Garsenda

Garsenda (c. 1180-1242) was a powerful countess of thirteenth-century Provence and Fourcalquier (now part of southern France). She was also a lover of art and music, a poet, and a generous patron of the artists in her court. Garsenda was born into a noble family in the Alpine region in the south of France. She was the heir to her grandfather’s county, Fourcalquier. When she was in her early teens, her grandfather, William IV, made a treaty with Alfonso II, a young nobleman in line to inherit the county of Provence: he would marry Garsenda, bringing together the two territories....

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Queen Anna Nzinga

During the medieval period, the Ndongo and Matamba Kingdoms (in present-day Angola) had not yet been settled by Europeans, and were continually facing invasion by their European neighbors in the North. Anna Nzinga, who would come to rule the Angola territory, was born in central Africa in 1582. She was noted as an intelligent and inquisitive young girl, determined to understand the world around her, despite that being difficult for a woman in a male-dominated society. This did not stop her from being involved in her brother, Ngola Mbandi’s, reign as King of Ndongo. Throughout her...

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Amina Sukhera

When most people think of the medieval world, they imagine lavish European courts and iconic films like Monty Python and the Holy Grail, but cultures were flourishing in all areas of the settled world. While the most powerful European nations were sailing and exploring beyond their known world, regions of the African continent were facing their own territorial hardships and social developments. One of the women who best embodies this period is Amina Sukhera. Amina was born around 1533 in the African kingdom of Zazzau (present-day Nigeria), bearing a name that meant trustworthy and honest,...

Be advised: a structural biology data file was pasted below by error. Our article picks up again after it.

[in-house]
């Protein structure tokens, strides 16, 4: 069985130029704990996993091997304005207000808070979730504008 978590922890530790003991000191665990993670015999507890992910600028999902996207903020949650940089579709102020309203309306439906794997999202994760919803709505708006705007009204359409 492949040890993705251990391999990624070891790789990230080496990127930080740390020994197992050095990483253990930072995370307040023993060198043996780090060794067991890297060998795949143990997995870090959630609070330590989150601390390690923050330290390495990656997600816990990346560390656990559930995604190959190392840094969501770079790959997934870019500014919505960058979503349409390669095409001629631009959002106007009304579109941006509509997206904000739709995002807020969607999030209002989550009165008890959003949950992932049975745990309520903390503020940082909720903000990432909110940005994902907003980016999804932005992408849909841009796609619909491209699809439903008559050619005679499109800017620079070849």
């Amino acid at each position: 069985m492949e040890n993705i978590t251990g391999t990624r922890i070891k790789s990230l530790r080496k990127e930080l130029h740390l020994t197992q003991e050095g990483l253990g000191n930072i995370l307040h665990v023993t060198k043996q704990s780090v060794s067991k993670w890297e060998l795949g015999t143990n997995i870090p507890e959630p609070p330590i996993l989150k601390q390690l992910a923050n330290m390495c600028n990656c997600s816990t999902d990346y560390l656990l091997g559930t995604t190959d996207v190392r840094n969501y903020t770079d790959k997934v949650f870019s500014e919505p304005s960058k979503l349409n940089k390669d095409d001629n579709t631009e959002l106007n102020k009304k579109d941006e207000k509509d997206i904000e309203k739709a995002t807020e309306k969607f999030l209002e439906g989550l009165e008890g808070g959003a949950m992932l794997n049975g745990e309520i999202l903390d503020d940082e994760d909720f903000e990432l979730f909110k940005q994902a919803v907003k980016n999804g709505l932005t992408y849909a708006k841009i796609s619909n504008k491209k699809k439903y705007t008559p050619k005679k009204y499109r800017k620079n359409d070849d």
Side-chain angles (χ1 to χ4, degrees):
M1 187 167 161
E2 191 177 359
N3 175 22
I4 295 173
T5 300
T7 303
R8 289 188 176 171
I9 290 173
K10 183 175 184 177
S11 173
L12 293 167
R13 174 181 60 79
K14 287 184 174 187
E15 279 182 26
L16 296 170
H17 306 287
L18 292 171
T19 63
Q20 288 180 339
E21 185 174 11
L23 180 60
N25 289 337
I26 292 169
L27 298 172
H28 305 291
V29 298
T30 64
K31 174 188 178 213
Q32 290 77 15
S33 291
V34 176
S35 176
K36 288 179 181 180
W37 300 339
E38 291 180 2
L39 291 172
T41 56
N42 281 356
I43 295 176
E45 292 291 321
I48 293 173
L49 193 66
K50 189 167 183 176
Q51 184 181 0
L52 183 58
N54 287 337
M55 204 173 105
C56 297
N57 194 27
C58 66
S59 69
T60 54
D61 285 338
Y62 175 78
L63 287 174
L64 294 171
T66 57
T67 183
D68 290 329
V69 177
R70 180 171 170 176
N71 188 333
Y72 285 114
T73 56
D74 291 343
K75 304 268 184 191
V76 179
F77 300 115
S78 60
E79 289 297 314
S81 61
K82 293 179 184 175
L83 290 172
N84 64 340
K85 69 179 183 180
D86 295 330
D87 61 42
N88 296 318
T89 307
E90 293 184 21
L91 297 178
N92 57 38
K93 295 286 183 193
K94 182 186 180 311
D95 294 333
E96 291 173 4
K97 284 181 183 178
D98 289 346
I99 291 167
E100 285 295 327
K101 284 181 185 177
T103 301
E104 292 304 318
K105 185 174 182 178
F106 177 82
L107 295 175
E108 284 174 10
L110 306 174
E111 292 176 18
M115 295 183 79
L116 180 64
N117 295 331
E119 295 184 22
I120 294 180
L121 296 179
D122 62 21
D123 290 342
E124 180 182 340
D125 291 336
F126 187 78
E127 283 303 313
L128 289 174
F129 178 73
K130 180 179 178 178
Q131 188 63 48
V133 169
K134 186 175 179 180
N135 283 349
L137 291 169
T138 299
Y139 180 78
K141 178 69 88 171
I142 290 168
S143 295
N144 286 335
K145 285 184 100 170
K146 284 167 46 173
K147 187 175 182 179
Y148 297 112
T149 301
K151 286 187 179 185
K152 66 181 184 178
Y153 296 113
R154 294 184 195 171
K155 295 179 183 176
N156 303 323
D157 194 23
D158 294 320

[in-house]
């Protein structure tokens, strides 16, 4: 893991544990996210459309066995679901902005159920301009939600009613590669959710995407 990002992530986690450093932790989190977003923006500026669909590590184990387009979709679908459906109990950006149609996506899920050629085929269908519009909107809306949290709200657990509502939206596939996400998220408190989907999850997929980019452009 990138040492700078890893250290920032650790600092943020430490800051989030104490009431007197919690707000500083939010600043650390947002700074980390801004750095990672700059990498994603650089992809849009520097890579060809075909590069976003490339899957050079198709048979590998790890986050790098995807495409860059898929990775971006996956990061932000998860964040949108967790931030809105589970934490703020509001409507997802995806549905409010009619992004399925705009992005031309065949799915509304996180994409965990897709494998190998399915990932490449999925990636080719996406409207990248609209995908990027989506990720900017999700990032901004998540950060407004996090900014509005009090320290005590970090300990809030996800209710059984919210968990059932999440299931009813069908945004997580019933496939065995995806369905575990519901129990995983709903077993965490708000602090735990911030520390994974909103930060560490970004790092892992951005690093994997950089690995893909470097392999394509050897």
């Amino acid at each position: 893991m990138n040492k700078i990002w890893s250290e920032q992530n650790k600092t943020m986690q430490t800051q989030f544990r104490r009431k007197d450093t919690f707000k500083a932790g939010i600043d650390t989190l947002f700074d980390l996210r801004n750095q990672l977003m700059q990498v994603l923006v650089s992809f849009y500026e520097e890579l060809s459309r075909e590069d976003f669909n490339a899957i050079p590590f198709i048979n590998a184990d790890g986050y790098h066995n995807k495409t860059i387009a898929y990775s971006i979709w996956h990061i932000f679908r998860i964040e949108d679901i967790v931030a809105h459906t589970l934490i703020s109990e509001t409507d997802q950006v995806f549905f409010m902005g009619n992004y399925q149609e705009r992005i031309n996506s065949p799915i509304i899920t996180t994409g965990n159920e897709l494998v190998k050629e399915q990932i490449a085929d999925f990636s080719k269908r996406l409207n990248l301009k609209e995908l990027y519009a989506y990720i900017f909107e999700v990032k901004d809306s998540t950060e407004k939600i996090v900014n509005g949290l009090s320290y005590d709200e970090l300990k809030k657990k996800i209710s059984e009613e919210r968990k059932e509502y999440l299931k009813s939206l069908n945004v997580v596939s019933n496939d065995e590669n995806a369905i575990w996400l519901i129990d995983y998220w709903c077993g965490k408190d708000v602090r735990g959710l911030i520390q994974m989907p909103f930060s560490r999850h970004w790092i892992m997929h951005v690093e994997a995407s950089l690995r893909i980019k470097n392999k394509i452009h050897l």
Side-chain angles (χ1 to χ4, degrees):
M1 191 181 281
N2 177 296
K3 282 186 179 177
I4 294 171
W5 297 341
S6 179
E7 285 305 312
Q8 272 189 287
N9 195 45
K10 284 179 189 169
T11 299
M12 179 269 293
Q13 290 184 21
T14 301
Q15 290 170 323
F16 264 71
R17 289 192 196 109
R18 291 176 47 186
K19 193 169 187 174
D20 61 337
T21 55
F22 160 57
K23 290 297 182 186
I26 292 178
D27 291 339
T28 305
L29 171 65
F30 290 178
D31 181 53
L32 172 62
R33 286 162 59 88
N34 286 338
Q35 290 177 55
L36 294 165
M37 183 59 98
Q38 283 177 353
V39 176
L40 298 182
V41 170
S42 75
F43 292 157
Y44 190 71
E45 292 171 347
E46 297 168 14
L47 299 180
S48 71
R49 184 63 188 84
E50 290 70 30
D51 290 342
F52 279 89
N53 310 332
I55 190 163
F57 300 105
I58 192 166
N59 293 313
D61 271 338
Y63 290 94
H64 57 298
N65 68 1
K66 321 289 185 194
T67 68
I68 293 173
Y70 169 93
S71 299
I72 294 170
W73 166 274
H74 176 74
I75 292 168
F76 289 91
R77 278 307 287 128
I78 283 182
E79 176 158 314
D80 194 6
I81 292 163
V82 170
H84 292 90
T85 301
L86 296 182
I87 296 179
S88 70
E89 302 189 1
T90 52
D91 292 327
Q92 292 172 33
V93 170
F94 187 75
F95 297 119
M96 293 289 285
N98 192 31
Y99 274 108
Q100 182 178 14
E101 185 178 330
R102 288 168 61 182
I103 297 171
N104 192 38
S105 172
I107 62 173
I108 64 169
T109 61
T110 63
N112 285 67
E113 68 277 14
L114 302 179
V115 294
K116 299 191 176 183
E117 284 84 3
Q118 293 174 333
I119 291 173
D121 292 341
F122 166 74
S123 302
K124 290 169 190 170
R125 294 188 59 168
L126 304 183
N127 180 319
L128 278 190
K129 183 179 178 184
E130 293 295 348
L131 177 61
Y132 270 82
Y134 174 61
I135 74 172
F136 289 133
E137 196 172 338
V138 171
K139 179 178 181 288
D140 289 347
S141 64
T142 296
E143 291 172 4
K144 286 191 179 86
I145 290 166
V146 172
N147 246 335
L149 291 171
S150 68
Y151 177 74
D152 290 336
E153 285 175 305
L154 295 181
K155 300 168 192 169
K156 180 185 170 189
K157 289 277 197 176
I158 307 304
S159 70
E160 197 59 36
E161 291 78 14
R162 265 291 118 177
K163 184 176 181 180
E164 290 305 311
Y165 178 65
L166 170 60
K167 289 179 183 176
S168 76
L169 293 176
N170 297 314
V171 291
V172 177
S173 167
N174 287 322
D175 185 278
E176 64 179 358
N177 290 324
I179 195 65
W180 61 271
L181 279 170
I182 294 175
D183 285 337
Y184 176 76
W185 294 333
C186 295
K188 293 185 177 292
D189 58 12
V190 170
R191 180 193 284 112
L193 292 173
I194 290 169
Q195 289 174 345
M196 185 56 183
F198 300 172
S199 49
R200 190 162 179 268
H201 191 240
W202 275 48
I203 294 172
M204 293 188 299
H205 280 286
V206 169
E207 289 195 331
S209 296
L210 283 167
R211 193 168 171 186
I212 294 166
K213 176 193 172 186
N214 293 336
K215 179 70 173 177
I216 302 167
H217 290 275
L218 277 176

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Shangguan Wan’er

The most popular portrayal of the medieval period is of grand knights fighting on horses or (mostly white-washed) European populations suffering from the plague. But this depiction glosses over some of the most interesting people – and regions – of this era. Take Shangguan Wan’er, who is often referred to as China’s First Prime Minister. She was the granddaughter of the famous poet, Shangguan Yi, and born in 664 to Shangguan Tingzhi and his wife. When she was quite young, Wan’er’s father was executed, and she and her mother were taken by the Imperial state....

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Empress Wu Zetian

Empress Wu Zetian went from concubine to the only female ruling Empress of China in seventh century C.E. Unusually, Wu Zetian’s father encouraged his daughter to learn to pursue an education. She learned to read and write. She also learnt to play music, write poetry, and speak publicly. She was also reportedly very beautiful. At age fourteen, she was selected to become the concubine of Emperor Taizong. He called her Mei-Nang,  meaning beautiful girl. She was first put in charge of the royal laundry, but after Taizong discovered her intellect, he made her his secretary. During her years...

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Hua Mulan